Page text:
- Marble Hill fires entire sewer department (8/23/16)5
- Ex-Southeast student gets probation for placing homemade sex video on porn site without woman's knowledge (8/24/16)13
- Bootheel lawmaker seeks probe into crop damage by illegal herbicide spraying (8/24/16)1
- The Chrome Queens (8/21/16)2
- Local private school dreams bigger, plans for new building at Sprigg and Lexington (8/22/16)
- Newsmakers 2016: Jason Bandermann (8/15/16)
- 'Santa' suspect Moffat sentenced to 12 years for sexual abuse of girl (8/23/16)2
- New CEO named at Wood & Huston Bank (8/21/16)
- Schnucks bans solicitors, including organizations like Salvation Army (8/24/16)38
- Police: Woman beat another woman with a bat over a pair of shoes (8/21/16)2
Band-Aid for AMT
When Congress passed the alternative minimum tax in 1969, the aim was to make sure 155 of the nation's wealthiest families would pay taxes instead of using deductions to avoid all federal income-tax liability. But the AMT hasn't been modified in those years to keep up with inflation. So last year more than 4 million taxpayers were subject to the AMT. This year, more than 20 million tax returns would have been affected.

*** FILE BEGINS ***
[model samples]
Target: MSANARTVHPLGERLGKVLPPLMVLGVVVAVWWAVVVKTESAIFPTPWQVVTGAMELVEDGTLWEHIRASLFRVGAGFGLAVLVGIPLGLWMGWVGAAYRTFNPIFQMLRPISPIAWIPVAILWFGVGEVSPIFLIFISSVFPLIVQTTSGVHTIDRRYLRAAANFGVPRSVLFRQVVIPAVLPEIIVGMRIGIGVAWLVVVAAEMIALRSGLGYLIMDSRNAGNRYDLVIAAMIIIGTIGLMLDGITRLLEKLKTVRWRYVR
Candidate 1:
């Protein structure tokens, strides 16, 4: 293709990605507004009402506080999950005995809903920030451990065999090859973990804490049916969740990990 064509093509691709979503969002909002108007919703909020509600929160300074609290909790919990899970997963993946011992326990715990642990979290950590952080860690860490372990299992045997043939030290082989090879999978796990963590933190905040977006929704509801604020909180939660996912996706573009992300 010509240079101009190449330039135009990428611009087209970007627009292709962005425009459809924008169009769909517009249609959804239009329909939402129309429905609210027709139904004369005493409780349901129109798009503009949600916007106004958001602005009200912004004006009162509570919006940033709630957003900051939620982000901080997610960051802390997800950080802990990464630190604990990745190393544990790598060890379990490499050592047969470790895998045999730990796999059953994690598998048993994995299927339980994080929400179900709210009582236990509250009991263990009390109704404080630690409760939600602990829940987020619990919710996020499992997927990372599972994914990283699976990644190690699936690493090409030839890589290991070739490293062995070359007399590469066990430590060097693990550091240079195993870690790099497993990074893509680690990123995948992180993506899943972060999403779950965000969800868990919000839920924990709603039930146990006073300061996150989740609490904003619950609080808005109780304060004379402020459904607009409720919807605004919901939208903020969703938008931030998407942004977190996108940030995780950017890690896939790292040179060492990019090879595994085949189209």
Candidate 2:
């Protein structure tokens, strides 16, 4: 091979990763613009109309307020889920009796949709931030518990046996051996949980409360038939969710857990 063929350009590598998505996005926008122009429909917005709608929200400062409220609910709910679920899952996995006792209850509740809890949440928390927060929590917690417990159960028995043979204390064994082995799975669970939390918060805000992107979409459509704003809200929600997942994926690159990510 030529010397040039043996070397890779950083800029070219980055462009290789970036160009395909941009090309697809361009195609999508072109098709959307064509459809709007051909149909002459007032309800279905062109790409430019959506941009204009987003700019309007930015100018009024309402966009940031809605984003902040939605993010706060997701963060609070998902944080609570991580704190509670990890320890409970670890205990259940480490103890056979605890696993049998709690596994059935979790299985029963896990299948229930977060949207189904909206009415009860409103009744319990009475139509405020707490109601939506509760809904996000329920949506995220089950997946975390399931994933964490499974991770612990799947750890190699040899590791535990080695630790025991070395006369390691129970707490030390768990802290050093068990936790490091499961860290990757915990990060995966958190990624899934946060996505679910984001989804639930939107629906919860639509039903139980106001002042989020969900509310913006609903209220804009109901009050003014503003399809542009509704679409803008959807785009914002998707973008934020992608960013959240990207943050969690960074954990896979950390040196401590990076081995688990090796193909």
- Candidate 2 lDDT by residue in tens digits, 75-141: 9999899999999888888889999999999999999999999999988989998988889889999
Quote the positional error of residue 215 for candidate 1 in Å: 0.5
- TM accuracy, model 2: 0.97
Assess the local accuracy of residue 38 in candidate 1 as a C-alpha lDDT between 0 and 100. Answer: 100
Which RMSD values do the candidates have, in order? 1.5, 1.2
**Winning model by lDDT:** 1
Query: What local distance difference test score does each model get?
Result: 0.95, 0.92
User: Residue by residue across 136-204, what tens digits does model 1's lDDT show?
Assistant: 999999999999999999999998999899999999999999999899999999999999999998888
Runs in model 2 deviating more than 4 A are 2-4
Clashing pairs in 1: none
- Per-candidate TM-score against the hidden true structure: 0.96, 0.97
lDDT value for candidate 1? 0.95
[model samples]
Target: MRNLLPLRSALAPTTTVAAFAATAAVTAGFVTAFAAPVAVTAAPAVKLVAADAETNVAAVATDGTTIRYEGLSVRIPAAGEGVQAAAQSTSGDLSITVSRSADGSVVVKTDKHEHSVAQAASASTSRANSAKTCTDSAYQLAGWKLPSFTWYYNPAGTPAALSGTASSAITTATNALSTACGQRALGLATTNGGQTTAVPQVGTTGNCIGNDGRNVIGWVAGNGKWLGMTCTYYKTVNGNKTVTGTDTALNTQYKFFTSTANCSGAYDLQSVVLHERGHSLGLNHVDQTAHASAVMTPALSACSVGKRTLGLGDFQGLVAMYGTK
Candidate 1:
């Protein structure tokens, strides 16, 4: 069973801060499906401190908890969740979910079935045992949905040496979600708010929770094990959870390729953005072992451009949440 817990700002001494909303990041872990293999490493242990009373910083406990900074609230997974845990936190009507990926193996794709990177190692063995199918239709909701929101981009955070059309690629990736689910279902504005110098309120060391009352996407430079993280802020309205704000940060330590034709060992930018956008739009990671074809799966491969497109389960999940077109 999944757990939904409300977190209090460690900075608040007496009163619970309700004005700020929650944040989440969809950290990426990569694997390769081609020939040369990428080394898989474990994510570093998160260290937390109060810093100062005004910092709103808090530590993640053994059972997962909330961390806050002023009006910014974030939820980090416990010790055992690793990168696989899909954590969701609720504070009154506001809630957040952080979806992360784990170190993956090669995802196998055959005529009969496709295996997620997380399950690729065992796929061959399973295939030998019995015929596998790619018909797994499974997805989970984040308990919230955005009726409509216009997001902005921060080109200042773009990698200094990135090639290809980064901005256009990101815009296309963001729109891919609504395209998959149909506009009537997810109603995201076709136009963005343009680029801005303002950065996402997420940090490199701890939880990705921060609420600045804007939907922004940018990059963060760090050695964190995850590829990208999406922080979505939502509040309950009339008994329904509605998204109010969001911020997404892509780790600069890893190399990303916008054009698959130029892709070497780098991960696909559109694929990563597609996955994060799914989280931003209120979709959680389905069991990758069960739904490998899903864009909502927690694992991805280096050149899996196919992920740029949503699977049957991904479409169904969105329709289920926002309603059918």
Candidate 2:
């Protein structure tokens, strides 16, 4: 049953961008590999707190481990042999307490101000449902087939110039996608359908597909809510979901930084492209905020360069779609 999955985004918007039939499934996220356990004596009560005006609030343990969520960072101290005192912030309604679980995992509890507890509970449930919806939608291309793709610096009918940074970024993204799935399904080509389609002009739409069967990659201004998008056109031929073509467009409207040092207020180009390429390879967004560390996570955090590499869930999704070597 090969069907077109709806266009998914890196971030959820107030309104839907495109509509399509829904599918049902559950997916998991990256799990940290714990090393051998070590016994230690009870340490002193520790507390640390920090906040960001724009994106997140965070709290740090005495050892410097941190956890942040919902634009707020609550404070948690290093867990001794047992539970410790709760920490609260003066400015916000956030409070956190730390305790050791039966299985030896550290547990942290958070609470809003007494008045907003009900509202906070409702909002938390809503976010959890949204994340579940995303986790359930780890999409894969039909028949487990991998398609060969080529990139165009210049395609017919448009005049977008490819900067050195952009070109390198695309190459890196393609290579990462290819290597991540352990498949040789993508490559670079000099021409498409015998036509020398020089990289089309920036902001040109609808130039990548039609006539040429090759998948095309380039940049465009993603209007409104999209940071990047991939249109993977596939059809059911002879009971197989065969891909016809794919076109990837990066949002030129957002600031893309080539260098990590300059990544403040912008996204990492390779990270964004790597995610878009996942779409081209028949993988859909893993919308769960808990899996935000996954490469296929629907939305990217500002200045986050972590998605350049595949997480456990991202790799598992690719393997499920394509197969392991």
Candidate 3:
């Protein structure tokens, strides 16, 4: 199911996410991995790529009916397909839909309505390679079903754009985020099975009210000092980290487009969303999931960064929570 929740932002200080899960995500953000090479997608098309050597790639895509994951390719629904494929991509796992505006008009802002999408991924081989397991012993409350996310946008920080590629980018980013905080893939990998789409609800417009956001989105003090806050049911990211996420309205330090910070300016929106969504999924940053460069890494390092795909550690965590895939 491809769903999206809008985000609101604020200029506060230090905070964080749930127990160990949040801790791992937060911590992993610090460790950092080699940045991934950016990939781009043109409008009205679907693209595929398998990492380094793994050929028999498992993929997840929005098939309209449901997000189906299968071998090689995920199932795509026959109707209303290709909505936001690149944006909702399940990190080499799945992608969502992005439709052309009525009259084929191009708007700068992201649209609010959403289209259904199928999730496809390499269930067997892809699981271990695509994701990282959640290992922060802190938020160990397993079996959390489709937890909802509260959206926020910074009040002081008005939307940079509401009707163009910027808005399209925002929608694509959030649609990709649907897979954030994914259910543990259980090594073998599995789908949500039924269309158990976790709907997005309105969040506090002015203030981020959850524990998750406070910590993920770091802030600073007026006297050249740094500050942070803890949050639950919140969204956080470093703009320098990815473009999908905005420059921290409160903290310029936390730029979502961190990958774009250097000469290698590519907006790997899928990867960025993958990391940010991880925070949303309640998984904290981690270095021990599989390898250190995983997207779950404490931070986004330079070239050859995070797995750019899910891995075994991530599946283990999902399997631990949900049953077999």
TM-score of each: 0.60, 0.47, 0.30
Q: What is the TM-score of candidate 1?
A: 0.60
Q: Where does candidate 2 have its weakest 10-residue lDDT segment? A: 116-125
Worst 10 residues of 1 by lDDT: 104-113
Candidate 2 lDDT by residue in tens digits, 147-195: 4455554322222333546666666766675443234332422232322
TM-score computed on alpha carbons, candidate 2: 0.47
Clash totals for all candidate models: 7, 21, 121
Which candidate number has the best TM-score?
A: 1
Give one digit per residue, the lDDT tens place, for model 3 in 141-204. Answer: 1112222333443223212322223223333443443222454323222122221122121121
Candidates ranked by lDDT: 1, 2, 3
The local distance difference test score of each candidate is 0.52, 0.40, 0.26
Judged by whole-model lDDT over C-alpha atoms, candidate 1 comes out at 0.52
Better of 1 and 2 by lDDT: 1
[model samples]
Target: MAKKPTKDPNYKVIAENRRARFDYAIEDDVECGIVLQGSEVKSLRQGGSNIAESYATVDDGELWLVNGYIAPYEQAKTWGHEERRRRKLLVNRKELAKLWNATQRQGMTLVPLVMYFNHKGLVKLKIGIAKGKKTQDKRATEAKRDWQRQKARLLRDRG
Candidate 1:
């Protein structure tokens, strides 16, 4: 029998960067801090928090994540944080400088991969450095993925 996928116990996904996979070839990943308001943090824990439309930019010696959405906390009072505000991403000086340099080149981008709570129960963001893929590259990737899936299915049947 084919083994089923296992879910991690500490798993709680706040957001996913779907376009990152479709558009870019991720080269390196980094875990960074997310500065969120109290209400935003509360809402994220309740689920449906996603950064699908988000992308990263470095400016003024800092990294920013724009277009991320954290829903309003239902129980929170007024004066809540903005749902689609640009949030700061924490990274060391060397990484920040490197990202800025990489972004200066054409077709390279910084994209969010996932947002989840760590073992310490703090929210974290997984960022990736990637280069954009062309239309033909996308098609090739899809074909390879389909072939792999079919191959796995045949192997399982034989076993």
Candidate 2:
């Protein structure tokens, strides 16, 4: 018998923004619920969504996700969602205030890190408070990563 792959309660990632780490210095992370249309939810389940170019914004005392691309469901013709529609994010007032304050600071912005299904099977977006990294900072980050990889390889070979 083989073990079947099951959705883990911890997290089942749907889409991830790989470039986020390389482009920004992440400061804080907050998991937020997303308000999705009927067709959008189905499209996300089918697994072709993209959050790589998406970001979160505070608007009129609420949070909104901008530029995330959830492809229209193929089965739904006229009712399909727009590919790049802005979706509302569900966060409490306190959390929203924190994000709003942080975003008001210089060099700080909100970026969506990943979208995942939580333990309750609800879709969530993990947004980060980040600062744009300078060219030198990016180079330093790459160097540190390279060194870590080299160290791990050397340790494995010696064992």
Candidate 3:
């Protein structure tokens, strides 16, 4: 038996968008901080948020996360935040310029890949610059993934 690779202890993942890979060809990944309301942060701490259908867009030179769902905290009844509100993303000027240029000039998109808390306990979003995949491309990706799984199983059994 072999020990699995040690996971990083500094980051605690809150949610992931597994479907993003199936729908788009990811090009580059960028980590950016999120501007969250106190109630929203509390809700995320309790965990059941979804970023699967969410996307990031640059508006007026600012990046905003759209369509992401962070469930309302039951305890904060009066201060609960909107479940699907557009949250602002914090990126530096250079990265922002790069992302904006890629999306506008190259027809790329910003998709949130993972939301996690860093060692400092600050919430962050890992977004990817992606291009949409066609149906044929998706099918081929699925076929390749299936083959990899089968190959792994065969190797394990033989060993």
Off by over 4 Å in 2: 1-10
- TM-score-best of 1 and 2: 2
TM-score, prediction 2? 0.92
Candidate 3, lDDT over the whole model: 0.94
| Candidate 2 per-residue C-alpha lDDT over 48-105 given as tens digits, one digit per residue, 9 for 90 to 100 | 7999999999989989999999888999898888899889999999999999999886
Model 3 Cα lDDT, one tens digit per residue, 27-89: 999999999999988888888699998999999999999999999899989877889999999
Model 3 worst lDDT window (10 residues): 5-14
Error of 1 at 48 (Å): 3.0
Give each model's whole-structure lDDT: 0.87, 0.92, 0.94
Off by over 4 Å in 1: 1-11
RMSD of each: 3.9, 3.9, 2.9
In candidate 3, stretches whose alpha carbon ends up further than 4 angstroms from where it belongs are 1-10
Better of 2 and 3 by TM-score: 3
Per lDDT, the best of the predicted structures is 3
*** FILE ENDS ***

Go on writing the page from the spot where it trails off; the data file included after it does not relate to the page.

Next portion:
Fortunately, Congress voted at the end of the year to shield many middle- and upper-middle-income taxpayers from the AMT -- for one year.
Unfortunately, Congress did not do the right thing by making a permanent fix in the AMT so taxpayers won't have to wonder next year if they are going to get socked with what amounts to an average $2,000 extra tax hit.
As it is, millions of taxpayers will have to wait for revised forms that take into account Congress' last-minute reprieve. Congress knows the AMT is weighted to include taxpayers who were never intended to be affected when the special tax provisions were enacted in 1969. After 30 years, you'd think they could figure out something permanent needs to be done.